We're four days away from honest-to-goodness spring training games, and finally the biggest free agent domino has fallen.

J.D. Martinez, quite possibly the best hitter in baseball at-bat for at-bat last year, has signed with the Red Sox.

For a relative bargain, too, considering he was, ahem, quite possibly the best hitter in baseball at-bat for at-bat last year. I keep saying it because it's true. He homered once every 10.87 plate appearances. Giancarlo Stanton, who you may recall finished with 59 home runs, homered once every 11.73. Among hitters with at least 400 at-bats, here's where Martinez ranked in Head-to-Head points per game:

Top hitters, H2H points per game
Player


PPG



4.50



4.12



4.11



4.07



4.05



4.03
headshot-image
Joey Votto CIN 1B



3.94



3.94



3.92

Now granted, last year's 45 home runs were an outlier for a player who had only once previously topped 25, but injuries are largely to blame for that. And it's not like he's just some one-note hitter either, if the last four seasons tell us anything:

J.D. Martinez
BOS • RF • 28
four-year averages
BA.300
HR32
OPS.936
AB482
G130
View Profile

Nope, the guy's a stud.

The question is whether signing with the Red Sox will allow him to return second-round value, which is how he's being drafted, or, better yet, first-round value, which is how he actually performed last year.

My feeling is it couldn't hurt.

Some credit Josh Donaldson for the start of the fly-ball revolution. Others cite Daniel Murphy. But Martinez went down that path long before it was a trendy thing to do, his 43.2 percent fly-ball rate last year ranking among the top 25 in baseball. It was the key to his turnaround in 2014, the year that took him from Astros castoff to Tigers fixture with the help of hitting gurus Craig Wallenbrock and Robert Van Scoyoc.

A right-handed hitter known for elevating the ball seems like a perfect fit for a park whose left field fence is close but high. Here's the requisite spray chart overlay, courtesy Baseball Savant:

martinez.jpg

If the maroon dots are the actual home runs, I count what might have been 10 more with the help of the Green Monster. And while I suspect this overlay doesn't account for the height of the fence, it's also worth pointing out that any potential home runs that are stopped by the Green Monster are still going for hits, possibly of the extra-base variety. What this move has definitively done is raise Martinez's expected BABIP, upping his batting average potential, and it least has a chance of upping his home run potential as well.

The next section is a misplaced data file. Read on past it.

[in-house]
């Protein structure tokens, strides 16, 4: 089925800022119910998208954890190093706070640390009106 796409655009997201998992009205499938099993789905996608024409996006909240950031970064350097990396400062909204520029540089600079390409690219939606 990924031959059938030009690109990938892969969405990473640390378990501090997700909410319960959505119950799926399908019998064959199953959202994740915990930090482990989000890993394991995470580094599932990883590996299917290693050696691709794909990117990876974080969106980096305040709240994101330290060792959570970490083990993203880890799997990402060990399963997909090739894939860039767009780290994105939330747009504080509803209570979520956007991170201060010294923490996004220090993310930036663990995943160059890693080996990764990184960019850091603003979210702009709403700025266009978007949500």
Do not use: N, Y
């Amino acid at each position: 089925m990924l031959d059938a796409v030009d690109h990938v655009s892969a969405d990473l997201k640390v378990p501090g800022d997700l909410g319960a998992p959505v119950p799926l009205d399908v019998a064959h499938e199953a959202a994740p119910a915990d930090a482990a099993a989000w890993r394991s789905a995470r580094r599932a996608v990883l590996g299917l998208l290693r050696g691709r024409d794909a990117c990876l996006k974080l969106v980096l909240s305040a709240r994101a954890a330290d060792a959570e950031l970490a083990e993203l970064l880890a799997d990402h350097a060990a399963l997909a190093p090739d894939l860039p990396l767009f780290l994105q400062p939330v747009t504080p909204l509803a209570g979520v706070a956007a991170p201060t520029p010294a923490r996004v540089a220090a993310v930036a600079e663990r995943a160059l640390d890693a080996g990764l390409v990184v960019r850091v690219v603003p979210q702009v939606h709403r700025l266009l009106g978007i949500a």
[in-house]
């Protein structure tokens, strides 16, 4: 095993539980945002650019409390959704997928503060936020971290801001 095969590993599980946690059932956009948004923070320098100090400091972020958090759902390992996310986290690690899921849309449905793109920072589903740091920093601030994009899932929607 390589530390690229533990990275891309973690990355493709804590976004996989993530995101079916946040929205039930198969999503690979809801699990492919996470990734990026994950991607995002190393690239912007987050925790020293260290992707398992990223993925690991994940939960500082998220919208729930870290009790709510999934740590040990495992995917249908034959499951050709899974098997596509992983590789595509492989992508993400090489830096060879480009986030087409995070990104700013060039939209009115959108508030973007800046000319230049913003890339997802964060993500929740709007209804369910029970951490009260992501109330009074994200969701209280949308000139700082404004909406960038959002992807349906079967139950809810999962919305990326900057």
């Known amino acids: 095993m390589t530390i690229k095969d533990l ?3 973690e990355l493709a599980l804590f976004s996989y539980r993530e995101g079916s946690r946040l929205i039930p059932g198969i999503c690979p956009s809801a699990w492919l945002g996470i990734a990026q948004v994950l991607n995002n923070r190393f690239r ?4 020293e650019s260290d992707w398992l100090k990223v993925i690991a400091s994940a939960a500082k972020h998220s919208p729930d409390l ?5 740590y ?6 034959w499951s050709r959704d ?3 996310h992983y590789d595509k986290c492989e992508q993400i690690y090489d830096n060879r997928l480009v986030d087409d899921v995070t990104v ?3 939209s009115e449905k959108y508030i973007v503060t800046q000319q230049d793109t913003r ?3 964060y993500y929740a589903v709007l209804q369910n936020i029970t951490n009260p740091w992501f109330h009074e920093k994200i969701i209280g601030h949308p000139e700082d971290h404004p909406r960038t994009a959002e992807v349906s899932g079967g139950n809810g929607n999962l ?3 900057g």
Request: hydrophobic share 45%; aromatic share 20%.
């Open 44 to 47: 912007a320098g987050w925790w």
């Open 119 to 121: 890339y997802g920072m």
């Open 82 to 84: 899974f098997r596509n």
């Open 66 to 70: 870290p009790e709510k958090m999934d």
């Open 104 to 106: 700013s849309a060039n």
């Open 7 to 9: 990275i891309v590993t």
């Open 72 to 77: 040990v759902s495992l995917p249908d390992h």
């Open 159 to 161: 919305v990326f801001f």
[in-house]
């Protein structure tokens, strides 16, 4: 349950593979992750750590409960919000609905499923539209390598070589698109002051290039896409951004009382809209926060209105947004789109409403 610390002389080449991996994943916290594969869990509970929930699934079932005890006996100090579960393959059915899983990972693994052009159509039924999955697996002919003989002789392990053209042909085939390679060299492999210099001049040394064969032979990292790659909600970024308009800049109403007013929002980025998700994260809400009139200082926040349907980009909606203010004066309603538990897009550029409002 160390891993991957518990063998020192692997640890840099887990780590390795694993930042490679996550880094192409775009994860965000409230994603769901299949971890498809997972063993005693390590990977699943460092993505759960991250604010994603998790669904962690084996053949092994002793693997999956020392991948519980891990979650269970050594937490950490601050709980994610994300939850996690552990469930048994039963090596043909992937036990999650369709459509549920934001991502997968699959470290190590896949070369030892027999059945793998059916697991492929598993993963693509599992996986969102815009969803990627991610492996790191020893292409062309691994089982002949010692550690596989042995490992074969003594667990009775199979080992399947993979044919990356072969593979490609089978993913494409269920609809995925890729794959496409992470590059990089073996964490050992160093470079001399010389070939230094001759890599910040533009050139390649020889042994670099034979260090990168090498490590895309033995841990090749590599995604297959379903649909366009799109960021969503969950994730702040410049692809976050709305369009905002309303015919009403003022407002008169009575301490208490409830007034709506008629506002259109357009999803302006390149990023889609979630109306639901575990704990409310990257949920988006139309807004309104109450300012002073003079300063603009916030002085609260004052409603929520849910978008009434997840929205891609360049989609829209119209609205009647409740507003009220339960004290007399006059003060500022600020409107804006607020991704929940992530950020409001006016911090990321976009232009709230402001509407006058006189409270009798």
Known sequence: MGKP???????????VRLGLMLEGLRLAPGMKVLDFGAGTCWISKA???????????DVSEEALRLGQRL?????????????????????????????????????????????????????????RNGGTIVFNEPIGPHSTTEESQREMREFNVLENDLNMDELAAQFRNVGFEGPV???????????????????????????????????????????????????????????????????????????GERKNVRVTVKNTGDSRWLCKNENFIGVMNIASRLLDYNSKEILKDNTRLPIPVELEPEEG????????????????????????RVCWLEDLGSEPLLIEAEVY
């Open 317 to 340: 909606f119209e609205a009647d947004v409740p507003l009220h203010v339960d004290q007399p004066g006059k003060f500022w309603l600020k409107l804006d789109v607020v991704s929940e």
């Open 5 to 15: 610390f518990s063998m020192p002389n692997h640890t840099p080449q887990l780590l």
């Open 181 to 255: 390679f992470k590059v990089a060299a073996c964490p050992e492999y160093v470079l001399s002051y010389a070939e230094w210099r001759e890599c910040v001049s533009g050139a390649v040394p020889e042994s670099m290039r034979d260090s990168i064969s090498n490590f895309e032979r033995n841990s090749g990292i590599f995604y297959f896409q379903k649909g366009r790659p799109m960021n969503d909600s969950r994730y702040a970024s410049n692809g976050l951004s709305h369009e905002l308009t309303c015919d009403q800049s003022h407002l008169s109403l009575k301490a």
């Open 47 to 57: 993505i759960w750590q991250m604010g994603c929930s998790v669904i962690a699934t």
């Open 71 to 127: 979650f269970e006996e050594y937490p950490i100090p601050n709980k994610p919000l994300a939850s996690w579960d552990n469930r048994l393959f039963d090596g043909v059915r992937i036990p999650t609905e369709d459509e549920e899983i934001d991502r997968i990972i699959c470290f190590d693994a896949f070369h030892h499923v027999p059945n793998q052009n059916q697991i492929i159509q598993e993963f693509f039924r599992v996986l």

It's worth noting that the two maroon dots he's losing in straightaway right also would have fallen short at Chase Field, where it's also worth noting everybody's fly balls may soon fall short. Though it's historically a more hitter-friendly park than Fenway, the front office's misguided decision to use a humidor there this season is expected to flip the script, skewing the numbers to the point of pitcher-friendliness. Martinez had the time of his life there in the second half last year, which probably had some Fantasy owners rooting for his return, but it would introduce an element of uncertainty far greater than Fenway's wacky dimensions. Yes, of the two places Martinez could have realistically wound up, this one is the more promising.

And I shouldn't sell short the American League aspect either. He's expected to serve primarily as a DH with the Red Sox, which should counteract his greatest flaw: staying on the field. Nelson Cruz is one example of an outfielder who spent the prime of his career in and out of the lineup before finding stability as a near full-time DH. Now, at 37, his Fantasy value is as high as ever.

Even if Martinez regresses to his numbers from 2014 through 2016, just being in the lineup for 145 games would probably be enough for him to return second-round value. Shoot, only once has he played even 125 games. Maybe it means Hanley Ramirez's playing time is in jeopardy with first base now being the former Marlins' only recourse, but who cares?

Maybe last year was too good to be true for Martinez -- law of averages says, yes, it was -- but seeing as it was only five-sixths of a season, you could also make the case that the best is yet to come. Maybe not in terms of percentages, but overall production? It's possible -- more possible than ever with his move to DH. And that makes today's decision something to celebrate.